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The
Telegraph
and the
Mail
say people concerned about climate change use more
electricity than those who think the issue is too distant to worry
about, according to new research.

The Telegraph quotes Conservative MP Peter Lilley:

“The survey exposes the
hypocrisy of many who claim to be ‘green’: the greater the concern
people express about global warming the less they do to reduce
their energy usage.”

But Lilley’s strong conclusions are not supported by
the study in question, which comes with some significant caveats.
The researchers themselves say there’s no significant effect of
people’s beliefs:

“None of the stated attitudes
about environmental or climate change had any
significant impact on overall energy use when household age
was taken into account.”

Let’s take a look at what the study says, and what it
doesn’t.

Small survey

The articles are based on a
survey and detailed study
of the electricity
use of 250 homeowners in England during 2010-11. The work was done
for the department of energy and climate change (DECC).

The survey measured the electricity consumption
of the households in some detail, monitoring use by TVs, lighting
and so on. This is expensive, which is why the survey was
small.

The study also asked one member of each
household to answer questions about their energy use and their
environmental beliefs. One question asked if they agreed or
disagreed with the statement: “The effects of climate change are
too far in the future to really worry me.”

Age effects

The researchers plotted responses to this question against
average energy use. Respondents that “strongly agree” that climate
change is too far in the future to worry about also had the lowest
electricity use, as this chart shows.


Source:
Savings, belief and demographic change, report for DECC
, graph
by Carbon Brief

But the researchers said most of this
correlation was down to age effects. It turns out that pensioners
tend to be more careful with electricity use, and they are also
less likely to be worried by climate change.

If you remove the pensioners from the analysis,
only a weak correlation between climate concern and energy use
remains, the researchers say.

It’s also worth remembering that this is a now a sub-set of an
already small sample. There were only five households falling into
the ‘low electricity-using and unconcerned about climate change’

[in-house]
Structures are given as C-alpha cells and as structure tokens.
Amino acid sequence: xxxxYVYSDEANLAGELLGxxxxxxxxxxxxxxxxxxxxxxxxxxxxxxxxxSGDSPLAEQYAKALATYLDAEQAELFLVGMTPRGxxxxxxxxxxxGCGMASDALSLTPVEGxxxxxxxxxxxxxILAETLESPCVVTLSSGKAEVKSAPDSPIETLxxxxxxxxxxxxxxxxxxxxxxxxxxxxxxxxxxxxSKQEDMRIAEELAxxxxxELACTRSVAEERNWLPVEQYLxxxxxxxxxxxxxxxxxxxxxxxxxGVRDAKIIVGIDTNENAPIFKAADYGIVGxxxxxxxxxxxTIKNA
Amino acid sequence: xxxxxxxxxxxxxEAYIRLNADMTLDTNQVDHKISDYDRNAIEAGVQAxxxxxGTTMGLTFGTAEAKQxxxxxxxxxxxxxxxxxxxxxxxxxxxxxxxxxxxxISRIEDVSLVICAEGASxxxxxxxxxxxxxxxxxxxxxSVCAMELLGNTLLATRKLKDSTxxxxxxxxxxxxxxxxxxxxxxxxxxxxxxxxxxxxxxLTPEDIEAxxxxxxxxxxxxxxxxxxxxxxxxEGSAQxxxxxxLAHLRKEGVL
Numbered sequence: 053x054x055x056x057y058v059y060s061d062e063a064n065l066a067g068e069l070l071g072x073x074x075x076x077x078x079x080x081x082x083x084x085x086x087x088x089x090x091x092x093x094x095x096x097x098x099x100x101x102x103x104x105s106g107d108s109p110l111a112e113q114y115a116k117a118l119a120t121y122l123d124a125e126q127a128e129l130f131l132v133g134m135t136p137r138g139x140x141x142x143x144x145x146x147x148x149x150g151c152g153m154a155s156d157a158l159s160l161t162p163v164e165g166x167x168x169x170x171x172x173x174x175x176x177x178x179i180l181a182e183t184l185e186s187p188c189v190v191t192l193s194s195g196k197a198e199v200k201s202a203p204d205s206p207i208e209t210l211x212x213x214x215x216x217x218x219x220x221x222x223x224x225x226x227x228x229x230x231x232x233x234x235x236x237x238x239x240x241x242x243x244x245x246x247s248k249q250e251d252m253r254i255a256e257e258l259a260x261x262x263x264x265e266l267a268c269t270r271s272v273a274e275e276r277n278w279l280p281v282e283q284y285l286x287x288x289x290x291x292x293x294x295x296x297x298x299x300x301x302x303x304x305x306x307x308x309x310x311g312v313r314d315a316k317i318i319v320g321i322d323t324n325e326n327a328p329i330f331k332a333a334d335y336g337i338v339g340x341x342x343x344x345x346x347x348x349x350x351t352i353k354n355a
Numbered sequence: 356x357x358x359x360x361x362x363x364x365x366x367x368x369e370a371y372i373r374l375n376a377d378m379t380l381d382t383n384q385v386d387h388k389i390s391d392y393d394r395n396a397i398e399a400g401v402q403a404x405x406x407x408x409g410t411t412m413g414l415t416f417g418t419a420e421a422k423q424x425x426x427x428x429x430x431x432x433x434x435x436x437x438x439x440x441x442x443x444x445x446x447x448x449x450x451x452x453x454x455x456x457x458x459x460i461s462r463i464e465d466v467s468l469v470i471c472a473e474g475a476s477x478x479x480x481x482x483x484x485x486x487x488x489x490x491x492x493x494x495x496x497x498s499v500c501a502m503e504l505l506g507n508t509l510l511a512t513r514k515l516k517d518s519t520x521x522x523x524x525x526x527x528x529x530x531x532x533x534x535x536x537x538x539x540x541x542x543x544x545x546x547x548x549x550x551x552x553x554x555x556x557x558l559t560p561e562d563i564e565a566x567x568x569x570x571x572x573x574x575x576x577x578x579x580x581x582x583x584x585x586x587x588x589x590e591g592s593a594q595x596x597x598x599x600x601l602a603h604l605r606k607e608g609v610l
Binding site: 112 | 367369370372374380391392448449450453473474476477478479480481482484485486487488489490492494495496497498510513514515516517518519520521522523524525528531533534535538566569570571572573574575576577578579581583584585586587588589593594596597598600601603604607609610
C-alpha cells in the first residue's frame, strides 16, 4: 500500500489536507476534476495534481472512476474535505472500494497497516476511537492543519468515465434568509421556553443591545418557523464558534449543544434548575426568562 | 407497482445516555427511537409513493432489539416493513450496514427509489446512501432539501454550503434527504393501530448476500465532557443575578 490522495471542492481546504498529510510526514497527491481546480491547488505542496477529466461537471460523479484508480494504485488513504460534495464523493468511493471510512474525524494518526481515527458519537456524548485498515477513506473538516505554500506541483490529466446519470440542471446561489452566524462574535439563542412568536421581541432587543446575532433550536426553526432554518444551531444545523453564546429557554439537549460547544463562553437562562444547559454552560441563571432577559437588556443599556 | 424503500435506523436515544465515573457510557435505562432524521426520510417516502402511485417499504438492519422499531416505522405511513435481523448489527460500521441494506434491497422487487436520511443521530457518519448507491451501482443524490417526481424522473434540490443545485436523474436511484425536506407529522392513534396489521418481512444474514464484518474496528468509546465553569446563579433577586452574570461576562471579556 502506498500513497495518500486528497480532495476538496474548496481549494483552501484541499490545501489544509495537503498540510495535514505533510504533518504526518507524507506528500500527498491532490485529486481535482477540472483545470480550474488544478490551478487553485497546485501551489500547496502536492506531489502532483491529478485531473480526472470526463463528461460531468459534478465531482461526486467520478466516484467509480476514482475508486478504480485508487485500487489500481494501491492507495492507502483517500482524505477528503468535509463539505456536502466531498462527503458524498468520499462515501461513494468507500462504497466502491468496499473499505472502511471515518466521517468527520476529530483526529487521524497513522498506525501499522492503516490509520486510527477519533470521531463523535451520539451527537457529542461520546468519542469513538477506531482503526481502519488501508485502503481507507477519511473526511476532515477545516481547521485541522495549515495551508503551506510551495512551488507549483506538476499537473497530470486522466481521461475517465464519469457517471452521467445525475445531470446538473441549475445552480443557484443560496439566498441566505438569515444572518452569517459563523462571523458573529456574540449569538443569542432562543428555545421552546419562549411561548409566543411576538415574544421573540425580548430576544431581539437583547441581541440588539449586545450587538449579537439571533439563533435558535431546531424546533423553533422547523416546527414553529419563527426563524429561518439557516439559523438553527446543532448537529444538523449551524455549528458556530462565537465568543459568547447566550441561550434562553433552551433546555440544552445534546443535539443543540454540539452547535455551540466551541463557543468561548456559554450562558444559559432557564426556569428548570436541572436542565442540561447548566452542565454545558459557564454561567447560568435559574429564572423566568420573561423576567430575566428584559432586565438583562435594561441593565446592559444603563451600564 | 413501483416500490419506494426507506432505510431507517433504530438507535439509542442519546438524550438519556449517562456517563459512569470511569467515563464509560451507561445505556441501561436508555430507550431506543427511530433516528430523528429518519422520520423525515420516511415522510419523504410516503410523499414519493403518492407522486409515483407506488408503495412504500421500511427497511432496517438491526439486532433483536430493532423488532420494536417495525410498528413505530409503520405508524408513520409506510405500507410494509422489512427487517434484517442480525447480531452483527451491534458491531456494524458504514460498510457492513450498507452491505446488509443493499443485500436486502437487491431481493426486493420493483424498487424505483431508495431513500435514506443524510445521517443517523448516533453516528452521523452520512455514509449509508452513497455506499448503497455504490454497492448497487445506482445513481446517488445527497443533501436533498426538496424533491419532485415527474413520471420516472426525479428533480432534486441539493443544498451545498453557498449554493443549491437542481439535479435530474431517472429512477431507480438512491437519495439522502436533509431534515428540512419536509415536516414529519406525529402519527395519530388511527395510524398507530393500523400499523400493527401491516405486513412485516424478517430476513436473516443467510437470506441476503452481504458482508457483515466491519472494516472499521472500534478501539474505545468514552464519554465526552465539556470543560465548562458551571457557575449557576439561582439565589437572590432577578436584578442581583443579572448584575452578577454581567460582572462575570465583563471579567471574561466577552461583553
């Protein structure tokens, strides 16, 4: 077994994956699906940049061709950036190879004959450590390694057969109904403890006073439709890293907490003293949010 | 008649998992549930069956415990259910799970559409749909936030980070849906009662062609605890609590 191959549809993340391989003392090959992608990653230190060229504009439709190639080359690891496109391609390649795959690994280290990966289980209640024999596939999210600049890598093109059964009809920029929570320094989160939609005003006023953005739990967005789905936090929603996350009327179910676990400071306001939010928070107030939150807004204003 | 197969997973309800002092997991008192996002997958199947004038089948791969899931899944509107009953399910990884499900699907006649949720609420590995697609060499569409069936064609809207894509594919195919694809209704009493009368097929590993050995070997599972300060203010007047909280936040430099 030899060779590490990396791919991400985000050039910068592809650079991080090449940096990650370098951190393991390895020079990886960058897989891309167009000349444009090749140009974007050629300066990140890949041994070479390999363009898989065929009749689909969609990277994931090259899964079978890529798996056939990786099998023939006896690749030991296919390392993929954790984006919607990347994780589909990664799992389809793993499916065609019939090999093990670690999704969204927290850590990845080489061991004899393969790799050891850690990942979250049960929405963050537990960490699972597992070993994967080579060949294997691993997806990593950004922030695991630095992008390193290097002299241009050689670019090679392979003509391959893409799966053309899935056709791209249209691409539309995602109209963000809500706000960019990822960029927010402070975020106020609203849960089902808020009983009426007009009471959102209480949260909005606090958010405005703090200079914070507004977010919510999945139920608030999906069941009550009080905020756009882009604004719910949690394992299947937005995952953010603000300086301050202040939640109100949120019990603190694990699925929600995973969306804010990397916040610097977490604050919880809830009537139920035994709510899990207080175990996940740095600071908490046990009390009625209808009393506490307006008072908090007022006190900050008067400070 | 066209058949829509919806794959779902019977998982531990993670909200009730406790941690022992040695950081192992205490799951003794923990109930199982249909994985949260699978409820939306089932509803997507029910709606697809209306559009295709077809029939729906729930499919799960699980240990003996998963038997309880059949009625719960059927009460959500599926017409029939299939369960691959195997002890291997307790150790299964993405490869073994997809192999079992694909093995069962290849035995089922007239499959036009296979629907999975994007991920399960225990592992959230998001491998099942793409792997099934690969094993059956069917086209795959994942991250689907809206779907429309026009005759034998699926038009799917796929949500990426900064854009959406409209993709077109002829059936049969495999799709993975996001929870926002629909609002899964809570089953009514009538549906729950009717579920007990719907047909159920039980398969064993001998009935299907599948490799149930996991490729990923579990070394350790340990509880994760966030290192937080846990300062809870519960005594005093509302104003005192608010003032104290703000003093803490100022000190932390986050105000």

group, for instance.

The study says:

“Ideally there would
have been thousands or perhaps tens of thousands participating in
the study… the small sample makes it impossible to extrapolate
reliably to all homes, but it is a starting point.”

So we can’t make any reliable statements about
English households in general, based on this small survey alone.
Nicola Terry, one of the study authors tells Carbon
Brief:

“It is unfortunate that
[the newspaper articles] have reported a link between climate
concern and electricity use as fact whereas in practice the trend
was probably not significant.”

Correlation is not causation

Another significant caveat noted by the study is
that
correlation is not the same as causation
. It
says “it is very seldom possible to infer unambiguous causality
from the correlation”. Height correlates with reading ability, but
that isn’t because being tall makes you better at reading – it’s
because children are short.

Might the apparent link between concern over
climate change and electricity use be better explained by other
factors?

The study looked at the factors with the largest
influence on household electricity use in the survey.
Socio-economic status, work status, the number of people in the
household and its floor area were the top determinants of
electricity use, they found.

Above-average users include households of socio-economic grade
‘A’, households that are large in area or number of people, and
those who are not working, as the chart below shows.

Below-average users include retired households and small
households. Households that say they’re not worried about climate
change feature too – but remember there were only five of those out
of a total of 250.

Source:
Savings, belief and demographic change, report for DECC
, graph
by Carbon Brief

In general the study found little correlation
between environmental beliefs and electricity use. It notes
separate
research
covering 24 countries that found
countries where environmental concern was high tended to have lower
carbon emissions.

The same work found environmental concern
translates into certain activities at a personal level, like
recycling, but not into energy saving behaviour. Terry
says:

“Being concerned about
climate change does not necessarily mean you feel motivated and
able to do something about it… A sizeable minority in our survey
agreed with the statement ‘Its not worth me doing things to help
the environment if others don’t do the same’, for
instance.”

So it might be fair to
say
, as the Telegraph do in another piece,
that we humans are all mouth and no trousers. On the basis of this
English home survey, however, we can’t really
tell.

Via: http://www.carbonbrief.org/blog/2014/07/factcheck-do-climate-worriers-use-more-electricity/